The court's approach
The court’s starting position was that it is the landlord’s responsibility to comply with energy efficiency regulations. It acknowledged that, without any mechanism to regulate the tenant’s actions, a landlord could be “placed in breach of the regulations through no fault of their own”.
Following the approach set out in the leading case of O’May v City of London Real Property Company, the court determined that it would be unfair to include the proposed obligations as they would impose unreasonable duties on the tenant beyond those included in the previous lease. Given the current provisions in the lease, it did not consider all of the proposed clauses to be necessary.
The court’s aim was to “strike a fair and reasonable balance between the parties” and to only add clauses which could “be justified on the grounds of essential fairness”. On this basis, the court decided that the existing prohibitions in the lease on alterations were sufficient to protect the landlord from tenant acts that could damage the EPC rating of the property.
The court did show some sympathy for the landlord, however, in that it permitted part of the Reinstatement Clause so that the tenant would be required to return the property with the same EPC rating as at the start of the lease. Without this, the court recognised that the landlord would not have the benefit of any real protection against inaction by the tenant over the 10 year term of the lease.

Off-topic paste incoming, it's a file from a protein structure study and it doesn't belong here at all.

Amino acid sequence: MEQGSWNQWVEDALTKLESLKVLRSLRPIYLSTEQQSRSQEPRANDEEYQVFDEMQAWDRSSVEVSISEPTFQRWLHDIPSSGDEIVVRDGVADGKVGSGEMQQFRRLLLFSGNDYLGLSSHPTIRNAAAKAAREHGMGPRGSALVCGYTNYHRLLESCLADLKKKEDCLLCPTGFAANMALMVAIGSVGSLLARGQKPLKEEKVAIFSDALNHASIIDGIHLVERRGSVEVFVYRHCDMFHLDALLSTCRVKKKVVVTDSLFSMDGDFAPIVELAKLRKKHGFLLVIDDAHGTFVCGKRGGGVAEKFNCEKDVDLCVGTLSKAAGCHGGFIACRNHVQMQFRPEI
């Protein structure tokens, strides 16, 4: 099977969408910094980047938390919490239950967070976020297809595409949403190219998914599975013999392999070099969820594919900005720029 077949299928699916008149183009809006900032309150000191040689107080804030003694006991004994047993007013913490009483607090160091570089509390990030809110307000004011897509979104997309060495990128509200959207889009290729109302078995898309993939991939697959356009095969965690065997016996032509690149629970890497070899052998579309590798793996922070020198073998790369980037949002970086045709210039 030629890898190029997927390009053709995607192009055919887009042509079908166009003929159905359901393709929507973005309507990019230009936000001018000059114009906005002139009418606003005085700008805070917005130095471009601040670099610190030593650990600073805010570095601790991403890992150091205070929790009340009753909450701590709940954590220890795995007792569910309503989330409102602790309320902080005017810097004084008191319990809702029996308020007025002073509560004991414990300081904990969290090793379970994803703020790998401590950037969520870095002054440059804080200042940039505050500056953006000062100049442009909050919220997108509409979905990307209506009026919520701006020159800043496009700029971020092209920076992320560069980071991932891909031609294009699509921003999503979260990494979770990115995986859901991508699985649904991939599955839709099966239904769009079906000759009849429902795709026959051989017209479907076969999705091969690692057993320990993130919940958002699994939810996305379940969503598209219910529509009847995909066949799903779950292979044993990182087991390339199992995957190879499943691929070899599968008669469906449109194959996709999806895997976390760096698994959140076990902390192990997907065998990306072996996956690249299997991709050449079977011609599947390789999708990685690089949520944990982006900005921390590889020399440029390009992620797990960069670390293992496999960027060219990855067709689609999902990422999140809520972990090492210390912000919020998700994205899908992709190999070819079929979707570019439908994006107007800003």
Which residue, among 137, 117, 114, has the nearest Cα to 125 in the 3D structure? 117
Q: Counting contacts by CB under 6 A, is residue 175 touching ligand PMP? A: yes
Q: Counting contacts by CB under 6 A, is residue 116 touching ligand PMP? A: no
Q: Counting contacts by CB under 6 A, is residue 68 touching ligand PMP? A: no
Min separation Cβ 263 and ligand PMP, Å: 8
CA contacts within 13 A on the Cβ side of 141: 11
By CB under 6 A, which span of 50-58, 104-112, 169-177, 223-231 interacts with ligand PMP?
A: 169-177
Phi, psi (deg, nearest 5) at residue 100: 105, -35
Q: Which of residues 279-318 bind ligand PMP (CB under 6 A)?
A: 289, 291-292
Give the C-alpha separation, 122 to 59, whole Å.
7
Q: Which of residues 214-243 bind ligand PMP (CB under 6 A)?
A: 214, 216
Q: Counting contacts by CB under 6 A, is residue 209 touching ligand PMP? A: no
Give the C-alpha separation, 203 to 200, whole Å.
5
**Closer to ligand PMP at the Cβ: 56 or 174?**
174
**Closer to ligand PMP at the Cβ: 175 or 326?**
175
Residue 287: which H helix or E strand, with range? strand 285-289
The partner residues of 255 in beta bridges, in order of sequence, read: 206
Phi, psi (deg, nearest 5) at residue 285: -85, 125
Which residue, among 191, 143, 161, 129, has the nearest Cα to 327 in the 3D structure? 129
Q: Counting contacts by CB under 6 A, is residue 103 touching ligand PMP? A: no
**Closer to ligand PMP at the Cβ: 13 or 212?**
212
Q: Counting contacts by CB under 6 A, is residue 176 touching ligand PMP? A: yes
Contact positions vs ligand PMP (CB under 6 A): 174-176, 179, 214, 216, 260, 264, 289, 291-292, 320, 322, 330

No assumption that a landlord can automatically include clauses to protect its mees position
It should be noted that Clipper Logistics Plc v Scottish Equitable Plc is a County Court decision. Whilst the decision may be indicative of the approach the courts are likely to take going forward, it does not act so as to bind them.
The judgment shows, however, that whilst the court may have sympathy for the landlord’s vulnerability under the MEES Regulations, adding obligations on tenants to attempt to reduce the landlord’s liability will not be considered fair or reasonable in the context of lease renewals. That said, the decision in this case was no doubt influenced by the other existing clauses in the lease which the court felt would provide an element of protection to the landlord. The case does show that it cannot be assumed that a landlord will automatically be able to include clauses to protect their position in relation to MEES.
It is a little too early to say with certainty where green leases and landlord and tenant requirements will move to over the next few years. It is likely that we will continue to see a growing number of "green lease" terms being proposed in new leases and in lease renewals with such clauses becoming ever more prevalent.
Some feel that there a two- tier market may arise where landlords of a greener building will be able to request a higher rent. Although it is an offence for a landlord to let a sub-standard property, the lease itself is still valid and effective. It does, however, beg the question of the impact on rental value and loss of reputation for non-compliance.
It seems inevitable that disputes will continue to emerge in the green arena. The hope remains that landlords and tenants will collaborate and that the court will intervene for the common good to reach a fair and reasonable compromise to balance the objectives of both parties.